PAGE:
There are many advantages to renting out your property, such as building your portfolio of buy-to-let homes, generating additional income, or keeping a property in the family even if you do not wish to live there. However, renting a property isn’t something that you should jump into, and it’s important to understand that there are many issues to consider.
Here are 11 things to have on your mind when letting your home:
1. Your property
The first consideration when renting your home must always be your property. Have you made the necessary changes to your property’s policies, such as informing your Local Authority council tax department that you will be renting your home, or speaking to your insurance company? It’s also worth taking some time to ensure that your home is properly prepared for rental, such as updating very old appliances (if renting as furnished) to reduce the risk of your tenant encountering issues down the line. If you do wish to make new purchases, use discount codes to help keep the costs to a minimum.
2. Your right to let
While you may own the property, you must consider whether you have the legal right to rent it to others. If you own the property with a regular mortgage, rather than a dedicated buy-to-let mortgage, for example, you will need to obtain consent from the mortgage provider. Similarly, if your home is a leasehold property, the freeholder will be required to provide consent for the letting. Some leasehold agreements do have clauses that prohibit the rental of the property, so understanding your legal right to let is essential. If your lease or mortgage agreement is unclear, use our Ask a lawyer service for advice
3. Your location
It’s important to remember that there are different regulations surrounding rental properties depending on location, with England, Wales, and Scotland all having their own set rules. In England, for example, landlords must provide tenants with the How to Rent guidebook, while in Wales all landlords and properties must be registered with Rent Smart Wales. Renting out property in Scotland is also different to renting in England, and all landlords must be registered with the Scottish Landlord Register. Before renting out your home, it’s important to understand what rules apply to the region your property is in.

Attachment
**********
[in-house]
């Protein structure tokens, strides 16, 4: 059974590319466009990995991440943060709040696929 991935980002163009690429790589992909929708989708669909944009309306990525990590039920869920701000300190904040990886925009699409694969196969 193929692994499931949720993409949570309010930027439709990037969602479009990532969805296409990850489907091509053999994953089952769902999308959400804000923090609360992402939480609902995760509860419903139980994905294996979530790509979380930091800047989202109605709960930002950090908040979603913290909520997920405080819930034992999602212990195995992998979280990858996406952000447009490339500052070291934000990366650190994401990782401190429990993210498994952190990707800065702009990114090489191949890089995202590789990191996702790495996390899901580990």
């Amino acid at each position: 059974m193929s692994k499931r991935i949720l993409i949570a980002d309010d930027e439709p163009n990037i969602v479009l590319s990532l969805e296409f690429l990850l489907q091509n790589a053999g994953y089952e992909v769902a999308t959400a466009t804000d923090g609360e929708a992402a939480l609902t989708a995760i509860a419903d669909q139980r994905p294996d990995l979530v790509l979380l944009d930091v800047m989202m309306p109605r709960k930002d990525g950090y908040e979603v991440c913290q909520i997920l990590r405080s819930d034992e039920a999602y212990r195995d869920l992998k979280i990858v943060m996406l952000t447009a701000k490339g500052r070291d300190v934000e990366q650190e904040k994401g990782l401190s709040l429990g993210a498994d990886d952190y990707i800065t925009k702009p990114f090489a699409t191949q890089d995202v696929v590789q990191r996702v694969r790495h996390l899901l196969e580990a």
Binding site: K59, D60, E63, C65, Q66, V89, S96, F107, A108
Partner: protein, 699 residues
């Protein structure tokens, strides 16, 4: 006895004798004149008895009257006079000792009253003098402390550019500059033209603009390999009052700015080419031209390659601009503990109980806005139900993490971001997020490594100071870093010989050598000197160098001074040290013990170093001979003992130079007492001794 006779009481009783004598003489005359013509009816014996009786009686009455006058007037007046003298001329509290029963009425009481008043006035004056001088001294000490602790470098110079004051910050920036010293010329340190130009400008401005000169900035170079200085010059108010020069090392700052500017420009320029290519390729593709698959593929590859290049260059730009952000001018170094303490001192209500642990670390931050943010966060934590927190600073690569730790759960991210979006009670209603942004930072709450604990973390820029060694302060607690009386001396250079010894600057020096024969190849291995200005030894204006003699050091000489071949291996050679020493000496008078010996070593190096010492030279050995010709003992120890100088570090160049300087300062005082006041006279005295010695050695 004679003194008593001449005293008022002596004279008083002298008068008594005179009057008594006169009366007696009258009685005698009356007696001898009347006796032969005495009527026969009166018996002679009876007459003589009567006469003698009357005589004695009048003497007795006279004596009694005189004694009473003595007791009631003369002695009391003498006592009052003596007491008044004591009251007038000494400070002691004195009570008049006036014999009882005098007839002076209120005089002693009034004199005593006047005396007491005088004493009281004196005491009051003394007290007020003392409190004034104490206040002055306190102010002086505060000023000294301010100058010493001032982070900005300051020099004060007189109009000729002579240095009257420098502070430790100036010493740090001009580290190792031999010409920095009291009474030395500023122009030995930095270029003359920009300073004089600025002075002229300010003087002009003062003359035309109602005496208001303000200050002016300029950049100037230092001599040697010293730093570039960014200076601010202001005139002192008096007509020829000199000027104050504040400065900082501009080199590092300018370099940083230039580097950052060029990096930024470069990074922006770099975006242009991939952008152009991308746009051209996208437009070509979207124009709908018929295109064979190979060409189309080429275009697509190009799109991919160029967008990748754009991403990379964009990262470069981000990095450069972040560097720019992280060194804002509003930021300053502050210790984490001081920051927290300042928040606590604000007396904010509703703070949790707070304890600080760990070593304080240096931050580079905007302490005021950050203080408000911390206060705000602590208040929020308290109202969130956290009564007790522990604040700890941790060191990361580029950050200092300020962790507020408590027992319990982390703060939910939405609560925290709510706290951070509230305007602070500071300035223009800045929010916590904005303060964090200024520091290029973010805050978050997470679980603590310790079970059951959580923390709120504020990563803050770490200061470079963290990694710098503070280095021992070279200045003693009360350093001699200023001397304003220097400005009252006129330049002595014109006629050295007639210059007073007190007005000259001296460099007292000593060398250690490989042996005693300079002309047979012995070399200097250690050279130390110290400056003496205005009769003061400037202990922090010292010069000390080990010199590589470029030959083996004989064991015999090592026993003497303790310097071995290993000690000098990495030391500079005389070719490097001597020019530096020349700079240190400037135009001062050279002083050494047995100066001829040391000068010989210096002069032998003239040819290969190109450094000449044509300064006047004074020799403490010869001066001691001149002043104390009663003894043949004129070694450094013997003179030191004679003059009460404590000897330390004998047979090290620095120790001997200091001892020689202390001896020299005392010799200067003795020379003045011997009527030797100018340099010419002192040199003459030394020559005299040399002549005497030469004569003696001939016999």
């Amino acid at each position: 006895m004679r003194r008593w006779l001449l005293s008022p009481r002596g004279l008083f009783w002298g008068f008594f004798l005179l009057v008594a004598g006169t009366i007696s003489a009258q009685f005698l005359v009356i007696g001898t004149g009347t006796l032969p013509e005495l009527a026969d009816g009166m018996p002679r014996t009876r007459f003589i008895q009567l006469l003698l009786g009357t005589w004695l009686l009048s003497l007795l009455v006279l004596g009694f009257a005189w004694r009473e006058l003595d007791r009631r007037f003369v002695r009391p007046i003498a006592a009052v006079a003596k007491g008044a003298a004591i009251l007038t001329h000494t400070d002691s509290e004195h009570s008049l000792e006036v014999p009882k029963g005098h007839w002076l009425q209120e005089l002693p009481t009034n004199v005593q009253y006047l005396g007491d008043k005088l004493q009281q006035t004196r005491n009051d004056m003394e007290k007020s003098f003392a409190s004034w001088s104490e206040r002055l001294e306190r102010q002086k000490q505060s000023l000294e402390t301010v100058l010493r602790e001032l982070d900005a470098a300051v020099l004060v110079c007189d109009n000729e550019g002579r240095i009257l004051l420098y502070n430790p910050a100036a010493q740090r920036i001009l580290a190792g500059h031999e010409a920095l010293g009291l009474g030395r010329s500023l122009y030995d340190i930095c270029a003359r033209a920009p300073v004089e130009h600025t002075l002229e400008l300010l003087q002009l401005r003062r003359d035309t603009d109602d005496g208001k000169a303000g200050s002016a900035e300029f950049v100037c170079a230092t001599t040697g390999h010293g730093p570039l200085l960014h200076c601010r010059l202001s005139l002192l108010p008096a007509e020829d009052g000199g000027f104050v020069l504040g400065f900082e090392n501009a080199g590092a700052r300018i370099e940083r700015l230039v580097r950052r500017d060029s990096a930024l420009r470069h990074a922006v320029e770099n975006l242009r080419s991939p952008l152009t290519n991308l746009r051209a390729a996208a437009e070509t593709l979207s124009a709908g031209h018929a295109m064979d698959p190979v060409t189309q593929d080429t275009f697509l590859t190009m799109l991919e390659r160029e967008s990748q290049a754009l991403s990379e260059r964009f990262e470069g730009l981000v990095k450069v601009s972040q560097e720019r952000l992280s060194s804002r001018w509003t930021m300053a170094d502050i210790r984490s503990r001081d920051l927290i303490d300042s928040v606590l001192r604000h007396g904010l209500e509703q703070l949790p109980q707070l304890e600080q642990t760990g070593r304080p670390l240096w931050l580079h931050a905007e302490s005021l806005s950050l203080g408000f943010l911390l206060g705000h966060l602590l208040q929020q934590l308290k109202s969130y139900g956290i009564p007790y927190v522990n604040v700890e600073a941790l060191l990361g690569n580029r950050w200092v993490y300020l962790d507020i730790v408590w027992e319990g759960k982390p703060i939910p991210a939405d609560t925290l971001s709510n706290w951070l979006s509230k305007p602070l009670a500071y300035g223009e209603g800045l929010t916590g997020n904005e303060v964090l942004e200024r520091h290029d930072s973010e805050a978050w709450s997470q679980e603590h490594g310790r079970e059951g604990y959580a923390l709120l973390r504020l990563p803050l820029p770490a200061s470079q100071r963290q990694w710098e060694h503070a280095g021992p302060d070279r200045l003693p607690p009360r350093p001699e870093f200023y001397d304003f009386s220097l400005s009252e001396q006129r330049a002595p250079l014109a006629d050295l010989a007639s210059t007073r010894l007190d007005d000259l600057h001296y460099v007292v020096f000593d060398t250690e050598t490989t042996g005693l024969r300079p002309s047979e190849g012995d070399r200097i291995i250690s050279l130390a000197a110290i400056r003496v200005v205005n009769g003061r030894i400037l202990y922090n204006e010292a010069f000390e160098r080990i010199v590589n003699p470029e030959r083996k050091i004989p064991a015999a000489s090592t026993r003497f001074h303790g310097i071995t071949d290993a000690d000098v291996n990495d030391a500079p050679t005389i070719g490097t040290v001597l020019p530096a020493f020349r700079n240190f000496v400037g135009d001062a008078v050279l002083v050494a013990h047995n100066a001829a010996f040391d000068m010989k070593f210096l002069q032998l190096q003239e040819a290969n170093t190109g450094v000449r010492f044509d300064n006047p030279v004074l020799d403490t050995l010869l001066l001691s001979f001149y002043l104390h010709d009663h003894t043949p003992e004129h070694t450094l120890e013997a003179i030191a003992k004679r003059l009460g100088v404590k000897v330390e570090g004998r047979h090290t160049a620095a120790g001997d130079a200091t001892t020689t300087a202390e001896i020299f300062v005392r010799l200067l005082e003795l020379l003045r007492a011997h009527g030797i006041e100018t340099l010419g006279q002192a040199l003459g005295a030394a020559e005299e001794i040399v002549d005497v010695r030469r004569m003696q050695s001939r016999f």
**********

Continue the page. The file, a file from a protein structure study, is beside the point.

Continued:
4. Your documentation
It is essential to have the necessary documentation that’s needed to ensure you meet your legal obligations as a landlord. For example, you must provide your tenant with a free energy performance certificate, or EPC. The EPC is relevant to the property as a whole, and not to the individual tenant, which means that you will only need one EPC per property, even if you rent to multiple occupants. Currently, an EPC for a rented property must show a minimum Band E performance (in England and Wales) for new tenancy agreements, with this law extending to existing tenancy agreements from 1 April 2020.
5. Your type of rental
‘Renting’ has become an umbrella term, and there are actually many different ways that you may be able to let your home, such as a tenancy letting, a student letting, a holiday letting, a lodger letting, or as a room rental. Due to the different natures of these lettings, there are different legalities, regulations, and renter expectations that come with each form, so deciding how you want to rent is an important consideration to have on your mind when renting your home. Different agreements are available depending on the type of letting you choose, such as holiday letting agreements for short term rentals.
6. Your expectations